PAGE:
Salty Debates

There’s still a lot we don’t know about salt. But research continues, most recently with a paper in the European Heart Journal looking at the relationship between health and salt consumption around the world (MEsserli et al., 2020). The paper takes a broad look at trends of salt intake and mortality in 181 countries, with the goal of seeing whether any meaningful trends emerge.

Surprisingly, the authors say they did find a meaningful relationship between the two — but not in the direction you might expect. Countries in which people consumed more salt actually saw less mortality, and greater lifespans, than countries where people consumed less salt. The results seem to contradict decades of popular advice on salt intake. But recent evidence suggests the authors’ conclusions might actually make sense.

hand sprinkling salt
Precisely how much dietary salt is ideal remains unclear, but the research indicates most people may not need to restrict their consumption specifically to improve their cardiovascular health.

We should note that there several factors that could distort the data in this latest study. Large-scale studies like this cannot account for all of the factors that could influence the data, so their results must be viewed in light of those potential shortcomings.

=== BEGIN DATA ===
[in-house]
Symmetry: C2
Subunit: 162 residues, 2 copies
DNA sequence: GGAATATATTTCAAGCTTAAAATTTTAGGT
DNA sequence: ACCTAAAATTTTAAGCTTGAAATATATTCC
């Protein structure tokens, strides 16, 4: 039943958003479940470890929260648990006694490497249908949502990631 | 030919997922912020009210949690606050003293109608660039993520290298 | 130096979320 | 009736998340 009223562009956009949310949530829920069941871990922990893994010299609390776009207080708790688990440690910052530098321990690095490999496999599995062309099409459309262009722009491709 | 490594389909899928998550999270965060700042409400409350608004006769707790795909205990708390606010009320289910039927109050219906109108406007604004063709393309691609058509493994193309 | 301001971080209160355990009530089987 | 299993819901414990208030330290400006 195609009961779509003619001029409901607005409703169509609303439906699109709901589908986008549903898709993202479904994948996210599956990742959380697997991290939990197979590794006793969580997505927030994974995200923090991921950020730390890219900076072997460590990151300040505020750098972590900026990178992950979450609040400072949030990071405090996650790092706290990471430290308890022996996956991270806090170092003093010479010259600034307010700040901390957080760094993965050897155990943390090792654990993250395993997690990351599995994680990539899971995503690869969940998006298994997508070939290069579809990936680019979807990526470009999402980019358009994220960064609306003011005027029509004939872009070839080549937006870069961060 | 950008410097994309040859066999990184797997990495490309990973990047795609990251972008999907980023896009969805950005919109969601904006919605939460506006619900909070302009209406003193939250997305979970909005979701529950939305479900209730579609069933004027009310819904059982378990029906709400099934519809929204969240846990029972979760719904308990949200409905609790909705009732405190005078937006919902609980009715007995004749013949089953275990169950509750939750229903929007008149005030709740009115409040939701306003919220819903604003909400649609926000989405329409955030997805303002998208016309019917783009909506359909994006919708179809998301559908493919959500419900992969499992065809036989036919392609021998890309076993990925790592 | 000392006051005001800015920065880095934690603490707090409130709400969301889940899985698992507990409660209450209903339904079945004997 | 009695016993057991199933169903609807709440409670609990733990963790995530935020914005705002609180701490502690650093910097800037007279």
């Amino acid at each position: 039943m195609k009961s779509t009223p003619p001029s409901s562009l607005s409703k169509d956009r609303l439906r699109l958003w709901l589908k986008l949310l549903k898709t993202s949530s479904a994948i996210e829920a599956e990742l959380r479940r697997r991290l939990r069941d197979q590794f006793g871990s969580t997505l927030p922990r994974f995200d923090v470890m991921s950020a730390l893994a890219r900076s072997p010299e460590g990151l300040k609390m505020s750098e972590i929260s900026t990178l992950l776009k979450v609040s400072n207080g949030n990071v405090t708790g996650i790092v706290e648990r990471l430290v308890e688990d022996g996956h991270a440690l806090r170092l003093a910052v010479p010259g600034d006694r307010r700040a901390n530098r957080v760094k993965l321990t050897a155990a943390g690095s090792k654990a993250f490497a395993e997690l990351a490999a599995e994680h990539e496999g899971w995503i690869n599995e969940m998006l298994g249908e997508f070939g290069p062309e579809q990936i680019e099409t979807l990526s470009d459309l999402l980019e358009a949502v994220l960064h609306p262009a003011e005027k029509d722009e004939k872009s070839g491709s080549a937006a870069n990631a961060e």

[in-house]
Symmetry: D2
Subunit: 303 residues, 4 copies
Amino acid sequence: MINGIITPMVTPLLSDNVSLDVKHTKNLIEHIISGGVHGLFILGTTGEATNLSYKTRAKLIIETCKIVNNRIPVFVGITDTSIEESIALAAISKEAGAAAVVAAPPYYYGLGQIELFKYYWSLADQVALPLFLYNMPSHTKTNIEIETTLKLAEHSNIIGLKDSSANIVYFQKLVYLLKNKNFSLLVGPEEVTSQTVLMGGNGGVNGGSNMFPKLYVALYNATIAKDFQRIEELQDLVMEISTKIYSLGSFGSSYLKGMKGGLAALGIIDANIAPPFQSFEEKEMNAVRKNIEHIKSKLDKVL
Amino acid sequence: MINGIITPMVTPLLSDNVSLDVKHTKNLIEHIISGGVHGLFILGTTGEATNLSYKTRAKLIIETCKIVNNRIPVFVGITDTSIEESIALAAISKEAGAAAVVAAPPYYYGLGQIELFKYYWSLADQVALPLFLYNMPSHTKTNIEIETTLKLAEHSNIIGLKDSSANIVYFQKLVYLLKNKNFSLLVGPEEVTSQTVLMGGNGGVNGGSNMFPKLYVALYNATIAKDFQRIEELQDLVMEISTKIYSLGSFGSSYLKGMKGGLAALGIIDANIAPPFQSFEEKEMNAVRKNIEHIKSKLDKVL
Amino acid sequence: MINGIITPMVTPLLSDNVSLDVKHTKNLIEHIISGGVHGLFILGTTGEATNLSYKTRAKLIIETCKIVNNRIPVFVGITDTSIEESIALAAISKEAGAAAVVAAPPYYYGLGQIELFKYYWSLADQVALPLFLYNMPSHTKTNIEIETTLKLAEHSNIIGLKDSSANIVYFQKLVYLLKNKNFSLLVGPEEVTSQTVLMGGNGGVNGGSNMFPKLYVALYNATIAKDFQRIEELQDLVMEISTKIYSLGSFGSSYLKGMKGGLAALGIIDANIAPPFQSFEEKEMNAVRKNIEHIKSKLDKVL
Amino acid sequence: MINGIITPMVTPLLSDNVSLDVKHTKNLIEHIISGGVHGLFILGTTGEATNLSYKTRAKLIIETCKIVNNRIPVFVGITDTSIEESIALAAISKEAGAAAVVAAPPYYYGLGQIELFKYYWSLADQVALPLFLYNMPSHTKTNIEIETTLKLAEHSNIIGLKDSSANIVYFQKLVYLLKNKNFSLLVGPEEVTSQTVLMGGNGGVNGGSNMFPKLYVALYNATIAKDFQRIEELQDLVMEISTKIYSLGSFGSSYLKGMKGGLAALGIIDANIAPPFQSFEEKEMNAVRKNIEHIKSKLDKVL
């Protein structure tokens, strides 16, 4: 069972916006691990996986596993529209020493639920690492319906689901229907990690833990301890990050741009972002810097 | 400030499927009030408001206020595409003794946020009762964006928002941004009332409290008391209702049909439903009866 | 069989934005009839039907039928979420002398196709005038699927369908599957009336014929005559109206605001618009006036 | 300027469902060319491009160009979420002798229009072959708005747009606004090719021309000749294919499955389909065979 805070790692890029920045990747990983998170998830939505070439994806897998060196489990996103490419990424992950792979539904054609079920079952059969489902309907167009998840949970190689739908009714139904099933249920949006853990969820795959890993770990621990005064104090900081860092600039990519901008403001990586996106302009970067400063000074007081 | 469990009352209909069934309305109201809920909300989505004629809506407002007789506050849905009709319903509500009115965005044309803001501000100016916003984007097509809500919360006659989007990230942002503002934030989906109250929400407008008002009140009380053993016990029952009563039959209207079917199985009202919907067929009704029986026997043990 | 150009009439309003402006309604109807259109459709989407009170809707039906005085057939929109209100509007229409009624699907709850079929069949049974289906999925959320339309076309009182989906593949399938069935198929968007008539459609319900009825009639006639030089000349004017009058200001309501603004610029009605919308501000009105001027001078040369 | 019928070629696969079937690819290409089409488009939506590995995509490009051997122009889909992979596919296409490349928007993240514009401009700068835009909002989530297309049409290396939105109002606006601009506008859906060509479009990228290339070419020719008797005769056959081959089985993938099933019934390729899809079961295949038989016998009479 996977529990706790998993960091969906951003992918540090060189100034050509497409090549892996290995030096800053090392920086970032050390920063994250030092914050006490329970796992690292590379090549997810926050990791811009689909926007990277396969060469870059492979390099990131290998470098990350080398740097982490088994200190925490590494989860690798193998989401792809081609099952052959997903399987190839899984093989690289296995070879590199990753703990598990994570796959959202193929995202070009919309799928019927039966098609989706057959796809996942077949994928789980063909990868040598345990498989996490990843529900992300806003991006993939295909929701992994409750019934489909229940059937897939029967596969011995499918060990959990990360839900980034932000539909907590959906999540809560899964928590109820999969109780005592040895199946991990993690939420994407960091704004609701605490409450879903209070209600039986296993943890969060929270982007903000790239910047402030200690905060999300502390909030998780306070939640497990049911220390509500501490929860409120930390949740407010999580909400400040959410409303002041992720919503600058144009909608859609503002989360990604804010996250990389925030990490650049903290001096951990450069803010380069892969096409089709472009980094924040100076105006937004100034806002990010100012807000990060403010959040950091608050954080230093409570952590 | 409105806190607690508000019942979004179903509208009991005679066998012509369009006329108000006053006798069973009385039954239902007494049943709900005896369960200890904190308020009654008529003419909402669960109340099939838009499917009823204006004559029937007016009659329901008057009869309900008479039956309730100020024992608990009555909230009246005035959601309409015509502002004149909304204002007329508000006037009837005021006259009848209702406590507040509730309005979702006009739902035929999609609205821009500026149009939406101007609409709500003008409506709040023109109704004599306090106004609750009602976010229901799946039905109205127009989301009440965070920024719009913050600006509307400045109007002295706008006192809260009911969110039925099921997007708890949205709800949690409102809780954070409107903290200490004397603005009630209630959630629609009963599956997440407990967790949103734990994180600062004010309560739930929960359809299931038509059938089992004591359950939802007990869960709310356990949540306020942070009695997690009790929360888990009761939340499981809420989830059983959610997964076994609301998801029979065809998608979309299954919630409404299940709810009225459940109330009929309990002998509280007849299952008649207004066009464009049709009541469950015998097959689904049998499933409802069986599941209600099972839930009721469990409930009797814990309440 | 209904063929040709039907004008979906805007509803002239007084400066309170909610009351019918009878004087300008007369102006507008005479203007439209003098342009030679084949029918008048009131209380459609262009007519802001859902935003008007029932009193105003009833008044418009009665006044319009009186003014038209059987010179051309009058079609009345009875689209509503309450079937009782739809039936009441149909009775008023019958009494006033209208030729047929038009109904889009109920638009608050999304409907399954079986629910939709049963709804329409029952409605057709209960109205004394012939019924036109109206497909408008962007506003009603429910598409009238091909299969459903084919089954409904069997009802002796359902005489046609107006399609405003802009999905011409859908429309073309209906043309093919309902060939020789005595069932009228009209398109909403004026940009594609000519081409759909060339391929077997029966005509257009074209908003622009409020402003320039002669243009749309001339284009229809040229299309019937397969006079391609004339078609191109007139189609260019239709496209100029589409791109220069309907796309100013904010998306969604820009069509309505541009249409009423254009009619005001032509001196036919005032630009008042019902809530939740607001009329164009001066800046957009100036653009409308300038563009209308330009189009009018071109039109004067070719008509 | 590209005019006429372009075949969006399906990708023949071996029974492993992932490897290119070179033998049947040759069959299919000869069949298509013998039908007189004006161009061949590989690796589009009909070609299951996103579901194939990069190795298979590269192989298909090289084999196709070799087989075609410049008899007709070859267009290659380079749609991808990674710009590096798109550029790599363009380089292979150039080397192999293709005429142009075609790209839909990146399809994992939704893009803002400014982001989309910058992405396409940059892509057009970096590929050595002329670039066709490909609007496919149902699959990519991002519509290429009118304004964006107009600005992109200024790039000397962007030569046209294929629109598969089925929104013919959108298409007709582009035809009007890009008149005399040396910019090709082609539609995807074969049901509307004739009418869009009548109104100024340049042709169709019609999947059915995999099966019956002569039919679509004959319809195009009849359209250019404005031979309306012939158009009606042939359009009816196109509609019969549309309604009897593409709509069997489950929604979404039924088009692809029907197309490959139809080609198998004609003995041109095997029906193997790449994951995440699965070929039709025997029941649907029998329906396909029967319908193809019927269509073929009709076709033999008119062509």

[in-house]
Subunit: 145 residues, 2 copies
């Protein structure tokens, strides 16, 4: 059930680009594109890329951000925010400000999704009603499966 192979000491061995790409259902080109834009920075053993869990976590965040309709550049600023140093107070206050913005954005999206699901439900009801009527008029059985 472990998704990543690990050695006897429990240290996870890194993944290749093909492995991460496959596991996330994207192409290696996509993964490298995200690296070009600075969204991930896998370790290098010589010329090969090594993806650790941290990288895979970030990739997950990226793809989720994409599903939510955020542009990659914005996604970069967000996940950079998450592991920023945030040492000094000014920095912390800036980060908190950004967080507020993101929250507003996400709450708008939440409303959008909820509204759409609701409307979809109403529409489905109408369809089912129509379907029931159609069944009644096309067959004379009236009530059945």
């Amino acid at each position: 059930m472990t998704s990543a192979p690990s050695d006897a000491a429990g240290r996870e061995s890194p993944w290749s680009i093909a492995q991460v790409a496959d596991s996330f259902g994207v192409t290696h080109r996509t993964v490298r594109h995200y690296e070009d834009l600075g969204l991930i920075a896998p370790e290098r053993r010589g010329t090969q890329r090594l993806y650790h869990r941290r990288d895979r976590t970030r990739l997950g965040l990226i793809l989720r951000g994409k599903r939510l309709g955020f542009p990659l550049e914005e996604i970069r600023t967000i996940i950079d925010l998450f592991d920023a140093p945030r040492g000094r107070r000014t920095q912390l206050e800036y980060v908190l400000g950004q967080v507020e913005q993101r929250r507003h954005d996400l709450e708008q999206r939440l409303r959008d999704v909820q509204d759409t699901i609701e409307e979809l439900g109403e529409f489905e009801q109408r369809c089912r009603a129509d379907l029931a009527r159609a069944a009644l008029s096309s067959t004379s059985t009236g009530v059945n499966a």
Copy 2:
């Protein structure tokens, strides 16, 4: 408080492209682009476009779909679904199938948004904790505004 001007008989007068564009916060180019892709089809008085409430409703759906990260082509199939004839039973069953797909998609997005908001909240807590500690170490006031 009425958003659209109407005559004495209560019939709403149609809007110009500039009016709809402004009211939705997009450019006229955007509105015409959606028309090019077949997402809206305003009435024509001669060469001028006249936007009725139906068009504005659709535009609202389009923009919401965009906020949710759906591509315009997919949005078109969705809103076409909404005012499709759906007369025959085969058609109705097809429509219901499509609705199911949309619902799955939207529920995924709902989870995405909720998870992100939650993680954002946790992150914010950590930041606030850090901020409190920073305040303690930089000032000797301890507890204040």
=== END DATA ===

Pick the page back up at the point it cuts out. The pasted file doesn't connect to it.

The authors call out a number of potential confounding factors that their study doesn’t account for, like the quality of healthcare in a country. This would produce a statistical trend toward both higher salt consumption and better health, but it wouldn’t necessarily mean more salt causes better health.

“Countries in which people consumed more salt actually saw less mortality, and greater lifespans, than countries where people consumed less salt.”

They also state that their data are observational (observational studies in nutrition can be unreliable, as people often track their consumption inaccurately). The scientists don’t want their findings to be seen as nutritional recommendations. But their work is relevant nonetheless. Because they failed to find a relationship between higher salt intake and mortality, the authors add credence to a growing number of studies indicating that, for most people, our salt consumption may not be something to worry about.

This takes us back to that U. Very high levels of sodium, somewhere north of five grams a day, seem to be clearly bad for us. However, most people around the world eat significantly less than that. One study puts the global average at around 3.95 grams of sodium per person per day (Powles et al., 2010). Americans are slightly under that, at an average of 3.4 grams daily.

And a 2020 paper suggests there’s just not enough evidence to say that eating anything under five grams of sodium a day is bad for people (O’Donnell et al., 2020). The same study also notes that achieving sodium levels below two grams per day is relatively difficult for most people.